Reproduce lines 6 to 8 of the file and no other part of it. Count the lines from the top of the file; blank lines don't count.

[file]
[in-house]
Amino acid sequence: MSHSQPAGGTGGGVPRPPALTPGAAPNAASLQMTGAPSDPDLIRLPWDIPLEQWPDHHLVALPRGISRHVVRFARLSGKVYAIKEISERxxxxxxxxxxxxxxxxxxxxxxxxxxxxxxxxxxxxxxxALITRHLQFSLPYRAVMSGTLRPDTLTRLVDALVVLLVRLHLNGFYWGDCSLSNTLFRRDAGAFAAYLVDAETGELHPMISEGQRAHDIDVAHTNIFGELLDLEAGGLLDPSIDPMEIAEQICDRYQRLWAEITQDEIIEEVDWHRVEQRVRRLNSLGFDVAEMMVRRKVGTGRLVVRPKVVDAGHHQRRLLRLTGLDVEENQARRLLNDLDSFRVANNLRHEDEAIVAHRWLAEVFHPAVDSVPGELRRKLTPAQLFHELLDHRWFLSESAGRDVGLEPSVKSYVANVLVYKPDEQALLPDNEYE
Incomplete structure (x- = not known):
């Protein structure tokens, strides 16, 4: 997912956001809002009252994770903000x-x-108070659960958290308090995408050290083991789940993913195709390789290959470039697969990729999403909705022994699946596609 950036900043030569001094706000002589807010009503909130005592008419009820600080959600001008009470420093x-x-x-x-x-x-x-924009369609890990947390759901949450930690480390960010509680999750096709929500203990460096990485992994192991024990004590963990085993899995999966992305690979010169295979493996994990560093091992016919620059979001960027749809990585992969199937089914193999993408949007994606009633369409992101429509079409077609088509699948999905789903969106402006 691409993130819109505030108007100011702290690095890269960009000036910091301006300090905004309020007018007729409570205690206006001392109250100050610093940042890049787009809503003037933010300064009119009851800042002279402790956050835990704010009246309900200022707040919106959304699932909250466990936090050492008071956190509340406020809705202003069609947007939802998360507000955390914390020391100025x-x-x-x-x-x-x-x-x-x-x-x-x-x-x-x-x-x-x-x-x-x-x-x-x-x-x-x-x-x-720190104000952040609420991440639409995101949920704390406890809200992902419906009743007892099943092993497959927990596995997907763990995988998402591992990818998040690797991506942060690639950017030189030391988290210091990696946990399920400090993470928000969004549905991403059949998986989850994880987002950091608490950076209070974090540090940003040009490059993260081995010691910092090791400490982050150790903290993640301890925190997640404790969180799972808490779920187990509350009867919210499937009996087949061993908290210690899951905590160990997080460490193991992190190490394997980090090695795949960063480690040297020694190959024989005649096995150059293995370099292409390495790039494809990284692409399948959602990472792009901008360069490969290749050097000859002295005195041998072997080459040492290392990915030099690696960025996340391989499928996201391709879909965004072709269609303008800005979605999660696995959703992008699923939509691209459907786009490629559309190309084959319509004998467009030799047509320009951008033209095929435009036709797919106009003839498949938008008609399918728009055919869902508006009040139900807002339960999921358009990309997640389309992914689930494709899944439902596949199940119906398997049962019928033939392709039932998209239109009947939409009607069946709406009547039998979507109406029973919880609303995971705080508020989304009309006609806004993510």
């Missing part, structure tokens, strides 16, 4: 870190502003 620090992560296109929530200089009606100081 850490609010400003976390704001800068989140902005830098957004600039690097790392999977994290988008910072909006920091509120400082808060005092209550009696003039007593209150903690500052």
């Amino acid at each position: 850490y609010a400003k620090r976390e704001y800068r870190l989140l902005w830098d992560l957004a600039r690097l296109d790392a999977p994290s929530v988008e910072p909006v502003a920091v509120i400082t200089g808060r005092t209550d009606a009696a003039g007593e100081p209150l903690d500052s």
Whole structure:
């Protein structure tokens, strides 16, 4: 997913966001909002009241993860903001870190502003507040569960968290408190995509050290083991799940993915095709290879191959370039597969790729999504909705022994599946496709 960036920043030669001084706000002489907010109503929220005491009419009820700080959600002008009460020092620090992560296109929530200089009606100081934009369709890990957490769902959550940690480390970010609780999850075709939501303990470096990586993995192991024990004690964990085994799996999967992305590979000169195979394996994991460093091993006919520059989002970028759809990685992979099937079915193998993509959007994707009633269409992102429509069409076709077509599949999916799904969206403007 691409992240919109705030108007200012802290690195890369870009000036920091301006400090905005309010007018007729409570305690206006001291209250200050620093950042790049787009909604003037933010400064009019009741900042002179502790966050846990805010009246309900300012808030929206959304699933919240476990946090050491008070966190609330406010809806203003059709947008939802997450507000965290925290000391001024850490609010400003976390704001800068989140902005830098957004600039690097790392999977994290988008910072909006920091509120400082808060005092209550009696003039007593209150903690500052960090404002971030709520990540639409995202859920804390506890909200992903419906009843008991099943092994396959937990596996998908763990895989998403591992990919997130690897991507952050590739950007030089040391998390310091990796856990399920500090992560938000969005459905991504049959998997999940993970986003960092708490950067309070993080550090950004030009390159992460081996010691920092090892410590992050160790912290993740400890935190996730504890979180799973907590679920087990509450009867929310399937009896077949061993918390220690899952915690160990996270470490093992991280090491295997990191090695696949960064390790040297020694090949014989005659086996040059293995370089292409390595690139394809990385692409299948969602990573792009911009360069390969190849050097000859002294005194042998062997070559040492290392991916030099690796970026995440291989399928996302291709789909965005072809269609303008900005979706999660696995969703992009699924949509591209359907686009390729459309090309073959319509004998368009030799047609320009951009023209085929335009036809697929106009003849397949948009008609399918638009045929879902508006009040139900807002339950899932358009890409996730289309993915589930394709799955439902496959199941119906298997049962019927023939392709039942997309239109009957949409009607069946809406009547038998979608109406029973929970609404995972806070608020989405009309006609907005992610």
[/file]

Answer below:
């Amino acid at each position: 850490y609010a400003k620090r976390e704001y800068r870190l989140l902005w830098d992560l957004a600039r690097l296109d790392a999977p994290s929530v988008e910072p909006v502003a920091v509120i400082t200089g808060r005092t209550d009606a009696a003039g007593e100081p209150l903690d500052s």
Whole structure:
């Protein structure tokens, strides 16, 4: 997913966001909002009241993860903001870190502003507040569960968290408190995509050290083991799940993915095709290879191959370039597969790729999504909705022994599946496709 960036920043030669001084706000002489907010109503929220005491009419009820700080959600002008009460020092620090992560296109929530200089009606100081934009369709890990957490769902959550940690480390970010609780999850075709939501303990470096990586993995192991024990004690964990085994799996999967992305590979000169195979394996994991460093091993006919520059989002970028759809990685992979099937079915193998993509959007994707009633269409992102429509069409076709077509599949999916799904969206403007 691409992240919109705030108007200012802290690195890369870009000036920091301006400090905005309010007018007729409570305690206006001291209250200050620093950042790049787009909604003037933010400064009019009741900042002179502790966050846990805010009246309900300012808030929206959304699933919240476990946090050491008070966190609330406010809806203003059709947008939802997450507000965290925290000391001024850490609010400003976390704001800068989140902005830098957004600039690097790392999977994290988008910072909006920091509120400082808060005092209550009696003039007593209150903690500052960090404002971030709520990540639409995202859920804390506890909200992903419906009843008991099943092994396959937990596996998908763990895989998403591992990919997130690897991507952050590739950007030089040391998390310091990796856990399920500090992560938000969005459905991504049959998997999940993970986003960092708490950067309070993080550090950004030009390159992460081996010691920092090892410590992050160790912290993740400890935190996730504890979180799973907590679920087990509450009867929310399937009896077949061993918390220690899952915690160990996270470490093992991280090491295997990191090695696949960064390790040297020694090949014989005659086996040059293995370089292409390595690139394809990385692409299948969602990573792009911009360069390969190849050097000859002294005194042998062997070559040492290392991916030099690796970026995440291989399928996302291709789909965005072809269609303008900005979706999660696995969703992009699924949509591209359907686009390729459309090309073959319509004998368009030799047609320009951009023209085929335009036809697929106009003849397949948009008609399918638009045929879902508006009040139900807002339950899932358009890409996730289309993915589930394709799955439902496959199941119906298997049962019927023939392709039942997309239109009957949409009607069946809406009547038998979608109406029973929970609404995972806070608020989405009309006609907005992610």